How did you come to writing fiction?
I came to fiction writing through the discipline of writing non-fiction. I was very fortunate to have had two major psychology careers spanning nearly four decades, firstly as a research psychologist and then, after further training, as a clinical psychologist and NHS manager. During my academic career, I authored or co-authored numerous journal articles, book chapters, government reports, a PhD thesis and two books for parents and staff, both published by Souvenir Press. When I later qualified as a clinical psychologist, my writing was mainly of a clinical nature, service reports, and court reports, firstly in primary care, then in learning disability services, autism, Asperger’s Syndrome and forensic services.
Of course, like many authors, who have written non-fiction, I always wondered if I had a fiction book in me.
I started to write crime fiction some fifteen years ago and all five of my books have both a whodunit and a whydunit element. They are set in Connecticut, (where I was born and raised) in the fictional Westford police department, and they include British and American characters. My debut novel, Secrets Only Sleep (2005) investigates the murder of a bag lady. This psychological suspense novel deals with issues of bereavement, revenge, and ruined lives.
With my second book, Primed by the Past (2011), I started a crime fiction series, featuring Scottish detective, Annie Macpherson, who is on an exchange with the Westford Police. This book explores the impact of stalking. In my third book, Programmed to Kill (2012), Annie becomes involved in the investigation of a murdered priest but the killing doesn’t stop with the first victim. This is the first book in which I delve into the mind of the murderer and deals with issues of moral ambiguity. My fourth novel, Past Deception (2014) deals with historical abuse and its impact on one family, decades after it happened.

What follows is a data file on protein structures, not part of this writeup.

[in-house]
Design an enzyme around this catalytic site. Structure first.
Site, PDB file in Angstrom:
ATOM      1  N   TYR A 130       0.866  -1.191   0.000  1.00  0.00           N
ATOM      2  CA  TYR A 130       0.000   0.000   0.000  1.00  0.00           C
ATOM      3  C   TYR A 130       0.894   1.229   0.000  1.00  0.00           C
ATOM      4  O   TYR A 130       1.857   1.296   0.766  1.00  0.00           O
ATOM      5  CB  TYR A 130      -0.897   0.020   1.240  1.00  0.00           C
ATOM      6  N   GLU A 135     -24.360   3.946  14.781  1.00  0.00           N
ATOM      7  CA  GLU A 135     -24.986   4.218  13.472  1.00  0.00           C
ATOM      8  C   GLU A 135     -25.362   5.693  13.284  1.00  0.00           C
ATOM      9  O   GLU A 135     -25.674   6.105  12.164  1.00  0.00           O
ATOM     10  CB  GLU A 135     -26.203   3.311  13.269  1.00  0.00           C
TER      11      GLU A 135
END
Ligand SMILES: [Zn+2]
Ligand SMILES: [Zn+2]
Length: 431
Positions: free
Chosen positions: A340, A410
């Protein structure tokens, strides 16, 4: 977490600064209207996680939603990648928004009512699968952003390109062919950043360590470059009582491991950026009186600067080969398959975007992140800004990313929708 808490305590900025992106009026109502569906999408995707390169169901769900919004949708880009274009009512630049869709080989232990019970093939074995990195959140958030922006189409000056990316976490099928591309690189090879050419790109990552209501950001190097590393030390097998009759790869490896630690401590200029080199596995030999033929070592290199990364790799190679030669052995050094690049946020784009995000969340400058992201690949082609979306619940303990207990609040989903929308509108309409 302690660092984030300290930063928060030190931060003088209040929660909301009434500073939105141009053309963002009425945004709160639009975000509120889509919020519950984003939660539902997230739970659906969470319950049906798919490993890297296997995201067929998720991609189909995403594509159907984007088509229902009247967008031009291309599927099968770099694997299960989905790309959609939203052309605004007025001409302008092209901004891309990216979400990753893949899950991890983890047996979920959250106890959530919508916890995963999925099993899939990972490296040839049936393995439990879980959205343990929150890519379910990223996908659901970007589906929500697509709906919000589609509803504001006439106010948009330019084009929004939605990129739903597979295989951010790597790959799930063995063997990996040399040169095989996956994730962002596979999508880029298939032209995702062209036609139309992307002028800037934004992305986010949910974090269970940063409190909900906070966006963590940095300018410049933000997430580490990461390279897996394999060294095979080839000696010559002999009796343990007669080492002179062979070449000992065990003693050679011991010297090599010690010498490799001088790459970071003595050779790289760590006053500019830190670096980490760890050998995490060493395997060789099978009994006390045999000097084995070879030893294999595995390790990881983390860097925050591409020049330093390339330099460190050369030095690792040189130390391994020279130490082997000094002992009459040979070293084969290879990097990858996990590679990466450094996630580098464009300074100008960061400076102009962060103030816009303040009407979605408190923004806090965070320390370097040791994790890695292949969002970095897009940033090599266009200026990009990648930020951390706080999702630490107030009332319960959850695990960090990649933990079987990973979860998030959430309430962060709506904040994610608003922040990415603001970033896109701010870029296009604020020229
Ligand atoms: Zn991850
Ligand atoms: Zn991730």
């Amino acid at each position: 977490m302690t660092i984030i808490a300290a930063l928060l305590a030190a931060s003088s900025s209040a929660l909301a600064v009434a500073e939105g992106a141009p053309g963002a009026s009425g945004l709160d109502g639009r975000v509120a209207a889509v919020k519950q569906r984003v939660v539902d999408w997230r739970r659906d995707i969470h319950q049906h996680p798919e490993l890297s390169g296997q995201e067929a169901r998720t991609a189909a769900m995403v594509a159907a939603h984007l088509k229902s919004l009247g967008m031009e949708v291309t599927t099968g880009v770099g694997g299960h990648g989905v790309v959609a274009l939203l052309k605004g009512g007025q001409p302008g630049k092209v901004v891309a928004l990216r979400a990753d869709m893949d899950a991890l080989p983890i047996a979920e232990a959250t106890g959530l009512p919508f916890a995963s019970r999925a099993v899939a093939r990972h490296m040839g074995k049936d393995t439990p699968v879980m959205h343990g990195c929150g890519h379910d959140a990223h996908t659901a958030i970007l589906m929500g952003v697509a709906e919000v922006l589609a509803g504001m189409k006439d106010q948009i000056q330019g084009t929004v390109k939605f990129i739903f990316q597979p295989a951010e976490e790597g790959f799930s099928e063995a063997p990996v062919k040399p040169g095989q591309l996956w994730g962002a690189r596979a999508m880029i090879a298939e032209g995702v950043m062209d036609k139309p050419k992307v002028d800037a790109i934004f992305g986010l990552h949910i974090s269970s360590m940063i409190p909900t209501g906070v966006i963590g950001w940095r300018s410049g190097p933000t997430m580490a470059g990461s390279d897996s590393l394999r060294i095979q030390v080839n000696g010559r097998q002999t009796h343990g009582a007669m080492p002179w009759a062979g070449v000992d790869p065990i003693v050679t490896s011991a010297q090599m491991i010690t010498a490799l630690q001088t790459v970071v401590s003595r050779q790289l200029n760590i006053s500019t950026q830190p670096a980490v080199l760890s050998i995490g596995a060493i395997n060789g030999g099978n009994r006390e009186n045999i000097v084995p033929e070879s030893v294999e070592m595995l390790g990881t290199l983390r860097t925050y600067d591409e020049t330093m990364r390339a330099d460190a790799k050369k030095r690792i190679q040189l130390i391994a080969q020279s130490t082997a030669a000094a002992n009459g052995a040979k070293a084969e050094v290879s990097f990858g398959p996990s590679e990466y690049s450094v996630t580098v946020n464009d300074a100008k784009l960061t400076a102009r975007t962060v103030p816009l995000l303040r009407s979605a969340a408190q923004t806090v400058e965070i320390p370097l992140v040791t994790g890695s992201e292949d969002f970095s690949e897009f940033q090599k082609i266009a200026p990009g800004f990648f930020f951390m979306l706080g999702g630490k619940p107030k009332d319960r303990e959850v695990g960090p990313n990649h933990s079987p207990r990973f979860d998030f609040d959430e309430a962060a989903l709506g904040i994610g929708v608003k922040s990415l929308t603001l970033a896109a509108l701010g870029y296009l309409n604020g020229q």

What impact does being a psychologist have on your fiction writing?
Having been a research psychologist means that I enjoy doing research for a novel and my clinical work brought me into contact with people with a range of clinical conditions. I always stress that I never use any real cases in my books, but use psychological themes, such as those already mentioned, including: bereavement, psychopathy, stalking, relationship issues, trauma, abuse etc. As psychologists, we are trained to observe people, to understand motivation and to help people work through issues – all good skills to have in developing characters and plots.
My years of management have also paid off in my writing career as I am highly organised, engage in continuous professional development with regards to writing and do my own personal development plan every year, just as I did when I was working. One real find has been the free Future Learn on-line learning courses and I have now completed five of these, mainly dealing with forensics, forensic psychology and creative writing. I was also media trained during my career and gave numerous presentations. Now I am building up a speaker profile locally, receiving invitations from a wide range of groups to talk about writing crime fiction.
I thought I was busy when I was a consultant psychologist and clinical director in the NHS, but I never seem to have a spare minute now I am retired. In addition to my writing, I am a member of two writing groups, one of which I facilitate and I write short stories for these groups. In 2016, I will publish my first collection of short stories and flash fiction. I am also a trustee for a local voluntary group, which continues to use my psychology skills.
More information about my books can be found on my website www.barbarafaganspeake.com.
Please also look up my Facebook author page which I update regularly:
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Paperbacks are available by contacting me via the website and e-books via Amazon.